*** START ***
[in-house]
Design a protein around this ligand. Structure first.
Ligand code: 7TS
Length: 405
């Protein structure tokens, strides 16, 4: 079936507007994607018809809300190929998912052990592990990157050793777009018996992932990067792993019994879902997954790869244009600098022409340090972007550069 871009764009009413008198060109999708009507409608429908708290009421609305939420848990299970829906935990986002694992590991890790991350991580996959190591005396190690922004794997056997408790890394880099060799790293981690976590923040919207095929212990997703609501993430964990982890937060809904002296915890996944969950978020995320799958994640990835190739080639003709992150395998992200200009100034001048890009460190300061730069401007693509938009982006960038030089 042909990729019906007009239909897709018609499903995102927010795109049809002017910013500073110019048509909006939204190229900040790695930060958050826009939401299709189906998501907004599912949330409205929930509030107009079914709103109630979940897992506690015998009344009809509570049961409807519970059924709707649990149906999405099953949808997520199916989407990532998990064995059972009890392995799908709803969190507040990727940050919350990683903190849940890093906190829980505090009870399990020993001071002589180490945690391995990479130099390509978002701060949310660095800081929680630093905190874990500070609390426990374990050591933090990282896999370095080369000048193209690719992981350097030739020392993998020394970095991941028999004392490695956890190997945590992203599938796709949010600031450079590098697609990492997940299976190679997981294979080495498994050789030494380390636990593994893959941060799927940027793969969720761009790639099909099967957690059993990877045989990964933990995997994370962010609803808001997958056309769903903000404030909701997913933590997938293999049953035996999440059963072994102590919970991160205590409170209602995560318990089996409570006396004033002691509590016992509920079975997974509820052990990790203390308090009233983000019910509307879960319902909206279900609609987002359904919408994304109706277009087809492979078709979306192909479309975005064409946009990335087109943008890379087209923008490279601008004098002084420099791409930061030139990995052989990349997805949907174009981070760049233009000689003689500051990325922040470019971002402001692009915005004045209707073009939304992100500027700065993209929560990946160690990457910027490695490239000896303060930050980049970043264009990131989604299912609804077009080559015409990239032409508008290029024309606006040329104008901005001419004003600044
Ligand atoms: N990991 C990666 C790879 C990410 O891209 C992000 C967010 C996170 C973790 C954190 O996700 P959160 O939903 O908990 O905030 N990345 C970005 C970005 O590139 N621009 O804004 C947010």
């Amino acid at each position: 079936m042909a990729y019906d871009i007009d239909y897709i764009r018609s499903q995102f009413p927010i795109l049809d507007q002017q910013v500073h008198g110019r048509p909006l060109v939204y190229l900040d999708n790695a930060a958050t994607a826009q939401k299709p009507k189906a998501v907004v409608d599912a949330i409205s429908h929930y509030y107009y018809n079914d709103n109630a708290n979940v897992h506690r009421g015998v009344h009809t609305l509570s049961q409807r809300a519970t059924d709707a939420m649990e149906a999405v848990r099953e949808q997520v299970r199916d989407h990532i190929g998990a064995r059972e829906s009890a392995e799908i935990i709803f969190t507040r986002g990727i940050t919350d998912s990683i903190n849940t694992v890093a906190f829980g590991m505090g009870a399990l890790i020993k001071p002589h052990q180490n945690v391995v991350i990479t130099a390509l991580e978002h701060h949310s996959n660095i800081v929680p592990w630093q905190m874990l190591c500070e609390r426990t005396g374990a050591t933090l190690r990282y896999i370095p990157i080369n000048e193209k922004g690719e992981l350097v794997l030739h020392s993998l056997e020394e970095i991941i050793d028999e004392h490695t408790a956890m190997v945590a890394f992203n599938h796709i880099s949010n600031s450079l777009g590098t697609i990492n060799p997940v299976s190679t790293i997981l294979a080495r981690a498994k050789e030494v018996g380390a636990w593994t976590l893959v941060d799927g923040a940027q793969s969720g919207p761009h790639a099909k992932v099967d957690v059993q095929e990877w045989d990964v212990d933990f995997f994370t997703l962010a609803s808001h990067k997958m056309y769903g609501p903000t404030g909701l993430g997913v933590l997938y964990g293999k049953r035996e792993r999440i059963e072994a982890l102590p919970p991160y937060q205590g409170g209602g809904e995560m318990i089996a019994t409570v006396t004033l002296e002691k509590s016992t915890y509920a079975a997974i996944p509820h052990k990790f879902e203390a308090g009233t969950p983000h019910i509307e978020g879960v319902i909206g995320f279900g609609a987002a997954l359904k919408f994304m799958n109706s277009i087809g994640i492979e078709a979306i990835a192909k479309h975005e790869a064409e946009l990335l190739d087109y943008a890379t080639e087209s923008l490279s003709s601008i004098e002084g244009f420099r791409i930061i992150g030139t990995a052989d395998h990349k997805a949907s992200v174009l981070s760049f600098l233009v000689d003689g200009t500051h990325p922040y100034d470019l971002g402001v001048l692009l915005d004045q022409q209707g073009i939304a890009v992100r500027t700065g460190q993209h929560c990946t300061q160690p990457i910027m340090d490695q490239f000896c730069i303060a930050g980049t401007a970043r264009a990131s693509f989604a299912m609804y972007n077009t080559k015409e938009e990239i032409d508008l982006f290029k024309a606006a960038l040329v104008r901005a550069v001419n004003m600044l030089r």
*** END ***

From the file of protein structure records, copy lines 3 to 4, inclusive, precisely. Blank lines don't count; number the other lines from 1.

Ligand code: 7TS
Length: 405